Spotlight: Sticky Rice
I love rice.
Even though I have limited real estate on my kitchen counter, my rice cooker has a permanent dedicated space. I’ve been known to make a full meal out of rice with just butter, salt and pepper.
So a new restaurant called Sticky Rice certainly got my attention.
You might classify Sticky Rice as another Asian street food restaurant. But unlike Hawkers and Mamak, which are pan-Asian, or even Rasa, with its focus on South Asian and Indo-Chinese cuisine, Sticky Rice, um, sticks with the foods of Laos.
The food item from which the restaurant takes its name is ubiquitous in that Southeast Asian country. According to one source, the Lao sometimes refer to themselves as children of sticky rice.
The dish couldn’t be simpler. If you’re familiar with the Chinese or Vietnamese versions, which usually include meats and seasonings with the rice cooked inside lotus leaves, you’ll find Laotian sticky rice quite different.
That’s because the only ingredient is rice, which is cooked by steaming. (My rice cooker would be essentially useless with this particular grain.) It’s a highly glutinous type of rice, but before you gluten freedom fighters freak out, you should know that despite that designation it is gluten free.
If you were to buy some sticky rice from a vendor on the streets of Vientiane it might be served in the small bamboo steamer it was cooked in. On the streets of Orlando, it is served in a small plastic bag, looking like an individually wrapped snowball. Sticky rice is meant to be eaten with the fingers. Just pull off a wad and dip it into one of the two sauces that come with a serving here.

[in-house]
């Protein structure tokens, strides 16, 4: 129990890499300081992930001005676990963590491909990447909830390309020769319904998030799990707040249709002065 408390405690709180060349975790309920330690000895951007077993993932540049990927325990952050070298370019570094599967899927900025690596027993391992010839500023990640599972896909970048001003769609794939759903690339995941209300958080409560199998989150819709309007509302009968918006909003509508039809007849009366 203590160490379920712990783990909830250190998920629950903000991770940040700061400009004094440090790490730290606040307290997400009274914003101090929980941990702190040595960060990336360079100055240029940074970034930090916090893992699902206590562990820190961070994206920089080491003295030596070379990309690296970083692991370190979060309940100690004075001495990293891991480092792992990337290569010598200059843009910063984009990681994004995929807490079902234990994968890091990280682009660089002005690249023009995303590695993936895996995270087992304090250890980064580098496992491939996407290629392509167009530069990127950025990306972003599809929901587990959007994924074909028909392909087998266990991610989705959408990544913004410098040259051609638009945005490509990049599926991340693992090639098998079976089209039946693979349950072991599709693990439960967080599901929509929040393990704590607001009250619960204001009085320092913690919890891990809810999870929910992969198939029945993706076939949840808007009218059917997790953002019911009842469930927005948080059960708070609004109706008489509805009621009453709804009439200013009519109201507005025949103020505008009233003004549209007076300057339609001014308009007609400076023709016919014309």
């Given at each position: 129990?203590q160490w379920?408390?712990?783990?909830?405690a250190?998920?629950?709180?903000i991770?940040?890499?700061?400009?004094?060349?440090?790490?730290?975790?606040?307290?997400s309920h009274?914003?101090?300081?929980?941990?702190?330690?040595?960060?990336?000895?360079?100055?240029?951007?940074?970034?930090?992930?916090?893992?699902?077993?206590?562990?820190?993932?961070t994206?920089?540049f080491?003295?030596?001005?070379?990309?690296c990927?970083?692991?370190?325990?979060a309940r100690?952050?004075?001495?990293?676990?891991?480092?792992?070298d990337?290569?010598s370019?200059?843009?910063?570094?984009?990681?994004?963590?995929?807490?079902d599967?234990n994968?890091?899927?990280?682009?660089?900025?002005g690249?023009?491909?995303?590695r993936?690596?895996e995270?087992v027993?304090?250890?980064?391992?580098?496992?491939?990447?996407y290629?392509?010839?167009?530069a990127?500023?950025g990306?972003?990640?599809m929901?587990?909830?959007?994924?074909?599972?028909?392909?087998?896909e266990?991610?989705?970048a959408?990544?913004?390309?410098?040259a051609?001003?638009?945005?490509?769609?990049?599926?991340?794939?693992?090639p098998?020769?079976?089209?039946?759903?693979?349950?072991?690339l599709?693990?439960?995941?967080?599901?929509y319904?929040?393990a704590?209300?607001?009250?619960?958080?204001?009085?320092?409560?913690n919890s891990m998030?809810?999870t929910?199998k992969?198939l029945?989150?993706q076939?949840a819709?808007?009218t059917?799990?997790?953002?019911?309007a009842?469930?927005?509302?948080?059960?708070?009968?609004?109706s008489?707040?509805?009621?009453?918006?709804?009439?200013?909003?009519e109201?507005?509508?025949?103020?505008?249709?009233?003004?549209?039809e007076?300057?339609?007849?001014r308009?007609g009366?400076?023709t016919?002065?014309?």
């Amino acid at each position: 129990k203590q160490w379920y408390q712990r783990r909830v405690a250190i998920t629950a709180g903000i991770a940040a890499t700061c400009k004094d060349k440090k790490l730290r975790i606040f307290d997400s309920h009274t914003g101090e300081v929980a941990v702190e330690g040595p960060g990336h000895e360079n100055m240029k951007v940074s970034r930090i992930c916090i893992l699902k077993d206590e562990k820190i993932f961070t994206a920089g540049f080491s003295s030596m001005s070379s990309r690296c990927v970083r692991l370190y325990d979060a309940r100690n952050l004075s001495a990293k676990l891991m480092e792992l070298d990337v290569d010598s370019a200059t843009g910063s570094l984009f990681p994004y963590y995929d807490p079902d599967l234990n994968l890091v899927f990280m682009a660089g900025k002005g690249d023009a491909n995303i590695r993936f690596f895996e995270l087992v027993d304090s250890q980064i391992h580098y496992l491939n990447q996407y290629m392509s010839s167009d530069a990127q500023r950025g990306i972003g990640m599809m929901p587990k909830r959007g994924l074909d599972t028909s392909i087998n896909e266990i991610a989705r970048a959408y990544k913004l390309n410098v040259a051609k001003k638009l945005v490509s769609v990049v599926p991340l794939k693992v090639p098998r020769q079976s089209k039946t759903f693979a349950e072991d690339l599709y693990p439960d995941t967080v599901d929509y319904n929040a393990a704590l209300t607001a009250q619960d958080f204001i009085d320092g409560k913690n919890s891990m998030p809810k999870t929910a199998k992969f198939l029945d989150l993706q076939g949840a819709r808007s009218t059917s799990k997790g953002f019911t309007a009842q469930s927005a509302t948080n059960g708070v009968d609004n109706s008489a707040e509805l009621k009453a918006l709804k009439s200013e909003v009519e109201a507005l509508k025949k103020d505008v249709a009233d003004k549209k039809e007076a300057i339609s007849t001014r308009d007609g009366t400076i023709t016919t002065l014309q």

Of course, one can’t live by rice alone, much as I’d be willing to give it a try.
I also sampled the Lao sausage made with fatty pork and seasoned with lemongrass (and also traditionally made with some sticky rice in the blend).
And the Sticky Street Wings, two drummies and two wing sections that weren’t especially sticky. They might have been better if they’d been more fully cooked. Mine were a bit chewy.
The decor is either mundane or colorful depending on which direction you’re facing. Seating is at picnic-style tables with individual stools and each table has a large roll of paper towels to tear off as you wish. Also, there’s a jar of moist towelettes for cleaning sticky fingers.
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